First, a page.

Centennial mine rescue competition is largest ever
In what the U.S. Department of Labor is calling the largest gathering of its kind, more than 100 mine rescue teams from around the country competed last week in the 2011 National Mine Rescue, First Aid, Bench and Preshift Competition in Columbus, Ohio. The four-day event, which capped off the contests with an awards banquet, also represented the 100th anniversary of mine rescue competitions in the United States.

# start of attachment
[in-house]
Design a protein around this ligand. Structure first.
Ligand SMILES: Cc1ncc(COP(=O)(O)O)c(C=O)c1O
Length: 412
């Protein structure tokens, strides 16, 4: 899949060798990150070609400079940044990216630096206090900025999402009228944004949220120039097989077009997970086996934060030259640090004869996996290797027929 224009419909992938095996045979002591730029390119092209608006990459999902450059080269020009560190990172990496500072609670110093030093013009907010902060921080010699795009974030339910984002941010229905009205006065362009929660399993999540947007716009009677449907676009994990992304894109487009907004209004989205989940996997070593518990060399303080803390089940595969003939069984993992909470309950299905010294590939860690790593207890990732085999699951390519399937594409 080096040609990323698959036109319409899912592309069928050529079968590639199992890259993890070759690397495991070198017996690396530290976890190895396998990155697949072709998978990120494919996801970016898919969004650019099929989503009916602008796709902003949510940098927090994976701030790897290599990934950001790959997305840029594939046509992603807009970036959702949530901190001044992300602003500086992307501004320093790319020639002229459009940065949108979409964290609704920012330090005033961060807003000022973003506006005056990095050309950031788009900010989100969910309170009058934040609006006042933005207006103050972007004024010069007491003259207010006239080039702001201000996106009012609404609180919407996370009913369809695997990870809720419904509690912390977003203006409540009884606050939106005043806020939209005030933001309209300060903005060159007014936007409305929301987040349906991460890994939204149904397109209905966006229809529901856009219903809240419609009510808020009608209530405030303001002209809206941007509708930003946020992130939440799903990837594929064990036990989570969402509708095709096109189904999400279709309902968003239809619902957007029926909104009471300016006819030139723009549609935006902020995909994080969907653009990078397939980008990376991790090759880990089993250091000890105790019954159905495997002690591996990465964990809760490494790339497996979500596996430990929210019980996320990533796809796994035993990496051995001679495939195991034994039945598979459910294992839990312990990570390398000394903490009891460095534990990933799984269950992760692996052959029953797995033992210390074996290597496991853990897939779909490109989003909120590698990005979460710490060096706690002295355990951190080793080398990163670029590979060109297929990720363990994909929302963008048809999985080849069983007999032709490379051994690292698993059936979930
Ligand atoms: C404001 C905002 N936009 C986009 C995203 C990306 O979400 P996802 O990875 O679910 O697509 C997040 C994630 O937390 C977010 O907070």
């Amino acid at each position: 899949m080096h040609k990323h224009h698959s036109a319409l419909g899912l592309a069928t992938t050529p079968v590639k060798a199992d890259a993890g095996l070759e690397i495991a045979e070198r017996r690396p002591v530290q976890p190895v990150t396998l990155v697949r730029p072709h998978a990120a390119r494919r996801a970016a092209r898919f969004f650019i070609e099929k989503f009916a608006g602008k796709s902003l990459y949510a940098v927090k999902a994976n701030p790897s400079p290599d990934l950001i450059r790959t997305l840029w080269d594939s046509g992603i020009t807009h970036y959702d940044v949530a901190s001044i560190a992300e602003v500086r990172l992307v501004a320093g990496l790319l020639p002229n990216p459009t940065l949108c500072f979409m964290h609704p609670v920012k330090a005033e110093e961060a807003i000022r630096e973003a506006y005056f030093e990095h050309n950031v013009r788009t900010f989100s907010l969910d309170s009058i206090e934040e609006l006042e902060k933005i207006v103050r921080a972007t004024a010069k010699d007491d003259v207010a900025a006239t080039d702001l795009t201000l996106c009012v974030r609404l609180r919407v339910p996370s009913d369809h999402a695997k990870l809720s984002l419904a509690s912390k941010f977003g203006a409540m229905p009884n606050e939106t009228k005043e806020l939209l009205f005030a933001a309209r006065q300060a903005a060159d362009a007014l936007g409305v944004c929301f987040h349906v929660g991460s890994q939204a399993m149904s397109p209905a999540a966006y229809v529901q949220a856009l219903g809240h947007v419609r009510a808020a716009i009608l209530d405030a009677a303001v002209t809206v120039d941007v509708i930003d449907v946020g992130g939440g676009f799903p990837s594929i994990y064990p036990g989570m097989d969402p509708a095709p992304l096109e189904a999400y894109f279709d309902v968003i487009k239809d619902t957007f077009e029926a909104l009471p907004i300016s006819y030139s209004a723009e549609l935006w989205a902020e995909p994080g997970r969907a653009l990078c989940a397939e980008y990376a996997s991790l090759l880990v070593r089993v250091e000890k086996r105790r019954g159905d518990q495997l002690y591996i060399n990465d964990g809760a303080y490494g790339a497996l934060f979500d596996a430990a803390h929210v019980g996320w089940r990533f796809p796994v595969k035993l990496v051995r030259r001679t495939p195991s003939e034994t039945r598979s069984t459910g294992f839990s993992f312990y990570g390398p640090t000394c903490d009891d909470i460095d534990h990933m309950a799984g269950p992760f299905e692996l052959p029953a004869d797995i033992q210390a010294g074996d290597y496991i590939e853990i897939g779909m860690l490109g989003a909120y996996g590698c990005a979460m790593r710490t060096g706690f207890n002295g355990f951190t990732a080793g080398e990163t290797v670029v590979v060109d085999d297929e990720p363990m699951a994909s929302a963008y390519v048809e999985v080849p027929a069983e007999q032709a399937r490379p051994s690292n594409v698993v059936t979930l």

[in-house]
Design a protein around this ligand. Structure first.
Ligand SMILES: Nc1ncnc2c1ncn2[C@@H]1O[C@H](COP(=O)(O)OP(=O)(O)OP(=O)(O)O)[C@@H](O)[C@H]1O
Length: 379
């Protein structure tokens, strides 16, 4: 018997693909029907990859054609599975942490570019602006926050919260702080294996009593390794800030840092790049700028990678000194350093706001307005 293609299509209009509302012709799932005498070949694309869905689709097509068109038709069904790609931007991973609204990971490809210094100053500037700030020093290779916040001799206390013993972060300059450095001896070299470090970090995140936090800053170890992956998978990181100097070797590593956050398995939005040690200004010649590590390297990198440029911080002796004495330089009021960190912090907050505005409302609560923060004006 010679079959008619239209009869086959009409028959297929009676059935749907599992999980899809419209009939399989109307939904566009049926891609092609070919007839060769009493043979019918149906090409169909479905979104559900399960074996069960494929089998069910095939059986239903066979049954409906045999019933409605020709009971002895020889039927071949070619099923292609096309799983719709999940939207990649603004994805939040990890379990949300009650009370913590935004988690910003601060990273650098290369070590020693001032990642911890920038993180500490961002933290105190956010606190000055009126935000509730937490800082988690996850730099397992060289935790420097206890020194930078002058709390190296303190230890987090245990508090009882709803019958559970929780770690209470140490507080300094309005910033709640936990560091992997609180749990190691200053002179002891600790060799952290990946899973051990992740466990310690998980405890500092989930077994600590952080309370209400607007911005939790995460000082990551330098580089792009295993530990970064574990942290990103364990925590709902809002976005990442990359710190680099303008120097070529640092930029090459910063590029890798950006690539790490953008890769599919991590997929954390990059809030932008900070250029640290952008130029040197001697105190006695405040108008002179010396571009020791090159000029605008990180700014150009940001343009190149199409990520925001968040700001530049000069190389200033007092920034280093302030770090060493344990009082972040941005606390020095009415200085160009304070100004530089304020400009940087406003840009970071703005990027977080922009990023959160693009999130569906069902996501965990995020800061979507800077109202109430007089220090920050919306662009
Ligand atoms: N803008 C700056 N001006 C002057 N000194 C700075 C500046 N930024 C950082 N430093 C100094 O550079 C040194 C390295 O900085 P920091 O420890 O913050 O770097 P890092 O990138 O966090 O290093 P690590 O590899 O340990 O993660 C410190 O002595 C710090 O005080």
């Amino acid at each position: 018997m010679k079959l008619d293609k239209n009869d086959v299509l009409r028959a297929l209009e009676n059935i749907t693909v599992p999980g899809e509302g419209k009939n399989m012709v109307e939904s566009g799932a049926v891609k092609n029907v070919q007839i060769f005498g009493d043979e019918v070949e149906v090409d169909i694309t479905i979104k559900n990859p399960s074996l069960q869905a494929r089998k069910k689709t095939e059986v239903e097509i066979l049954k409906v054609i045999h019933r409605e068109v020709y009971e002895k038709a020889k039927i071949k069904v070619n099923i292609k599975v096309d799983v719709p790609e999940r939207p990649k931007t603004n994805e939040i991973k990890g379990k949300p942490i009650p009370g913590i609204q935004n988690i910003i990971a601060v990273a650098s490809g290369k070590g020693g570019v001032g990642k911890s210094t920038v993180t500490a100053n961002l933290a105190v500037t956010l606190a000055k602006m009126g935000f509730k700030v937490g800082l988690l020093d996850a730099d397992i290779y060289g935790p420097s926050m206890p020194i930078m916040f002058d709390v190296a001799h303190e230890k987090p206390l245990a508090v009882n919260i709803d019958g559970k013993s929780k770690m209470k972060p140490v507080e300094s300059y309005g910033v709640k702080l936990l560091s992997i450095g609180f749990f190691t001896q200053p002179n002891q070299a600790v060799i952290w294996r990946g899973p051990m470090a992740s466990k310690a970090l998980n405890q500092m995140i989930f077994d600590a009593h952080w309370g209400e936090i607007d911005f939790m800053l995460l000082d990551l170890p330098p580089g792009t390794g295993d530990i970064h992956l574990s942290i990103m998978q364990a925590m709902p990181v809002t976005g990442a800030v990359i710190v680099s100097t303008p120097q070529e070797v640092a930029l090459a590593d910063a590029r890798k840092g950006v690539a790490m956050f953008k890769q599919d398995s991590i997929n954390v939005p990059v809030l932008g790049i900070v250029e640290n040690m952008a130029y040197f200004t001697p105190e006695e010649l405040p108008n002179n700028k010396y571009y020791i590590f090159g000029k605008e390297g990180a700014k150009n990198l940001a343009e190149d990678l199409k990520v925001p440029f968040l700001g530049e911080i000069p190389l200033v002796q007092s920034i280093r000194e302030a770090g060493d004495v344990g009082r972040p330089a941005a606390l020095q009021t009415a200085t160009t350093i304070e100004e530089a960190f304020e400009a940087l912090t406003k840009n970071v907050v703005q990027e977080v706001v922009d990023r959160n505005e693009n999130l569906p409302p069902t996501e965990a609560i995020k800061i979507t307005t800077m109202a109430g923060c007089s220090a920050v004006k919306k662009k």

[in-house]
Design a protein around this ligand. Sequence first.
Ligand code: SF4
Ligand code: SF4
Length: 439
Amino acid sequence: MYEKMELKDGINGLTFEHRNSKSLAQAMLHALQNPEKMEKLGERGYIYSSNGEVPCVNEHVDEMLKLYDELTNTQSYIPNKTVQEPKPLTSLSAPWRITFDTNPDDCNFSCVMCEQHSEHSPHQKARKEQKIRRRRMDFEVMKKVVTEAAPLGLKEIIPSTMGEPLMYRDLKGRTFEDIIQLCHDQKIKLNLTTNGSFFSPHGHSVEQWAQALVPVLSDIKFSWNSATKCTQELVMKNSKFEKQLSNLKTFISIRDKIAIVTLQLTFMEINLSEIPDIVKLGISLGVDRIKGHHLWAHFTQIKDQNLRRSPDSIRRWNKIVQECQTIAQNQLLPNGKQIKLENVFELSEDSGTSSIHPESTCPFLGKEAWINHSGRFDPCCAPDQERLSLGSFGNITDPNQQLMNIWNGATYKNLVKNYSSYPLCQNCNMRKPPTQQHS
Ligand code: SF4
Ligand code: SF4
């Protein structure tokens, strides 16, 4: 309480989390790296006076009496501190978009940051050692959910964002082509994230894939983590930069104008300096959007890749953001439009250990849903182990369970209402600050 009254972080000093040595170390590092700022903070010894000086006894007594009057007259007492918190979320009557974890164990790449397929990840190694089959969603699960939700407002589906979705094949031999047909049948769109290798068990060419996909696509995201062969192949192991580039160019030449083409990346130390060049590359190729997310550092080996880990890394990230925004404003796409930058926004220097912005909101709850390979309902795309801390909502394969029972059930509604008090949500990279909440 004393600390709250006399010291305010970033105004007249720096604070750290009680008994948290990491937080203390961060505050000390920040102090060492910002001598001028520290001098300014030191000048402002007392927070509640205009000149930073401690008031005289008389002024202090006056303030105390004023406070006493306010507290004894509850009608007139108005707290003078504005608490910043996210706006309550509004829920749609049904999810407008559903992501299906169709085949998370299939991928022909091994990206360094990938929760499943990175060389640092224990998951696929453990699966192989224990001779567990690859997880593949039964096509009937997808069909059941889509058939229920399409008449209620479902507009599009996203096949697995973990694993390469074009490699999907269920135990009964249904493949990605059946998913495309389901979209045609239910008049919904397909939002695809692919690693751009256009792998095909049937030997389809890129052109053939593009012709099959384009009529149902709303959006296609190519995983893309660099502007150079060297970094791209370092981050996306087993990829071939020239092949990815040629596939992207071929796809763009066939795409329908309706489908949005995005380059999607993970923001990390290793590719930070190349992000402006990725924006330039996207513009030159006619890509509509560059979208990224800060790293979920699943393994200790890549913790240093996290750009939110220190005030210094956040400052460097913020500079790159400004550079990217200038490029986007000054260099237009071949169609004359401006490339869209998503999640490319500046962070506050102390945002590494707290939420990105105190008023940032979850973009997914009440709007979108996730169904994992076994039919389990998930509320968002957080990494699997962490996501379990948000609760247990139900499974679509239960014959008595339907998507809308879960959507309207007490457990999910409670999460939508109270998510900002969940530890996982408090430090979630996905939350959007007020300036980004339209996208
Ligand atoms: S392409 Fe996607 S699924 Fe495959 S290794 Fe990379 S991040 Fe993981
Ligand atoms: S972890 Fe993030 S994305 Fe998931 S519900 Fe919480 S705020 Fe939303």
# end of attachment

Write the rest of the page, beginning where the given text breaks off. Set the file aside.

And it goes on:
Simulations tested participants in skill areas like administering first aid to and safely transporting injured miners, and their ability to restore functionality to breathing apparatuses worn during mine rescue operations.
A mock mine emergency, sponsored by the Mine Safety and Health Administration, was designed to test the skills of underground first responders as they raced against time — skills that will serve them well should a real mine disaster occur.
Ginny, a dutch Shepherd, is being trained by Alpha Natural Resources as the first service dog to search for and rescue miners underground.
(Photos from U.S. Department of Labor.)